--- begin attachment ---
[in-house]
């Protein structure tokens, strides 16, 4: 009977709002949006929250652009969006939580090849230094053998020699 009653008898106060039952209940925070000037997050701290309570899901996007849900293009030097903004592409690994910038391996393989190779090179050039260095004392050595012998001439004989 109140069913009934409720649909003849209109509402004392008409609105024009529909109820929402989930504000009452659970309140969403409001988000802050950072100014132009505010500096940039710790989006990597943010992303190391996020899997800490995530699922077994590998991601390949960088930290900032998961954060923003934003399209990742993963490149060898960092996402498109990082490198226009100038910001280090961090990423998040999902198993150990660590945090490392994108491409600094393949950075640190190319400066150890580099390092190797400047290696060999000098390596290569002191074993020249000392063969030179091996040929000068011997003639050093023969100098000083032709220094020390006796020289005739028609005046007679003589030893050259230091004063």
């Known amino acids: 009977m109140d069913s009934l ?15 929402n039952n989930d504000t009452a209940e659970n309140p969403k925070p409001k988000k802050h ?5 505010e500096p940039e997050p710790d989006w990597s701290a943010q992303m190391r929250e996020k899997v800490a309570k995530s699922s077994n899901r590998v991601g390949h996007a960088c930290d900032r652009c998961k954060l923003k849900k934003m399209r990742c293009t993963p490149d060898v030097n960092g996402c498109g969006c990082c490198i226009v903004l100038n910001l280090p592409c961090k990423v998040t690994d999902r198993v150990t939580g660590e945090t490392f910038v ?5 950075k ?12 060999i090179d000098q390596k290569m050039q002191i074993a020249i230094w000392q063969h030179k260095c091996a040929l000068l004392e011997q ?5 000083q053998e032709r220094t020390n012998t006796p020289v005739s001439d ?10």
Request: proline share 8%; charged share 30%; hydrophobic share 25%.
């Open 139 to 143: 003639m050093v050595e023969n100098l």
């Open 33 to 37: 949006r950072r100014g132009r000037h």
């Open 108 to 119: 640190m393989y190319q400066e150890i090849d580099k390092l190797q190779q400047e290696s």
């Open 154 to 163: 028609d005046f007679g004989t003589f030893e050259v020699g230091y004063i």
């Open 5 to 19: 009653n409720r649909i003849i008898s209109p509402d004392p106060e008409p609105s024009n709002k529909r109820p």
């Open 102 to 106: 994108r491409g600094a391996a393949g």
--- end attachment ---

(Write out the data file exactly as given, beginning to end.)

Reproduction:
[in-house]
């Protein structure tokens, strides 16, 4: 009977709002949006929250652009969006939580090849230094053998020699 009653008898106060039952209940925070000037997050701290309570899901996007849900293009030097903004592409690994910038391996393989190779090179050039260095004392050595012998001439004989 109140069913009934409720649909003849209109509402004392008409609105024009529909109820929402989930504000009452659970309140969403409001988000802050950072100014132009505010500096940039710790989006990597943010992303190391996020899997800490995530699922077994590998991601390949960088930290900032998961954060923003934003399209990742993963490149060898960092996402498109990082490198226009100038910001280090961090990423998040999902198993150990660590945090490392994108491409600094393949950075640190190319400066150890580099390092190797400047290696060999000098390596290569002191074993020249000392063969030179091996040929000068011997003639050093023969100098000083032709220094020390006796020289005739028609005046007679003589030893050259230091004063």
């Known amino acids: 009977m109140d069913s009934l ?15 929402n039952n989930d504000t009452a209940e659970n309140p969403k925070p409001k988000k802050h ?5 505010e500096p940039e997050p710790d989006w990597s701290a943010q992303m190391r929250e996020k899997v800490a309570k995530s699922s077994n899901r590998v991601g390949h996007a960088c930290d900032r652009c998961k954060l923003k849900k934003m399209r990742c293009t993963p490149d060898v030097n960092g996402c498109g969006c990082c490198i226009v903004l100038n910001l280090p592409c961090k990423v998040t690994d999902r198993v150990t939580g660590e945090t490392f910038v ?5 950075k ?12 060999i090179d000098q390596k290569m050039q002191i074993a020249i230094w000392q063969h030179k260095c091996a040929l000068l004392e011997q ?5 000083q053998e032709r220094t020390n012998t006796p020289v005739s001439d ?10």
Request: proline share 8%; charged share 30%; hydrophobic share 25%.
């Open 139 to 143: 003639m050093v050595e023969n100098l």
């Open 33 to 37: 949006r950072r100014g132009r000037h």
């Open 108 to 119: 640190m393989y190319q400066e150890i090849d580099k390092l190797q190779q400047e290696s």
């Open 154 to 163: 028609d005046f007679g004989t003589f030893e050259v020699g230091y004063i």
């Open 5 to 19: 009653n409720r649909i003849i008898s209109p509402d004392p106060e008409p609105s024009n709002k529909r109820p």
């Open 102 to 106: 994108r491409g600094a391996a393949g």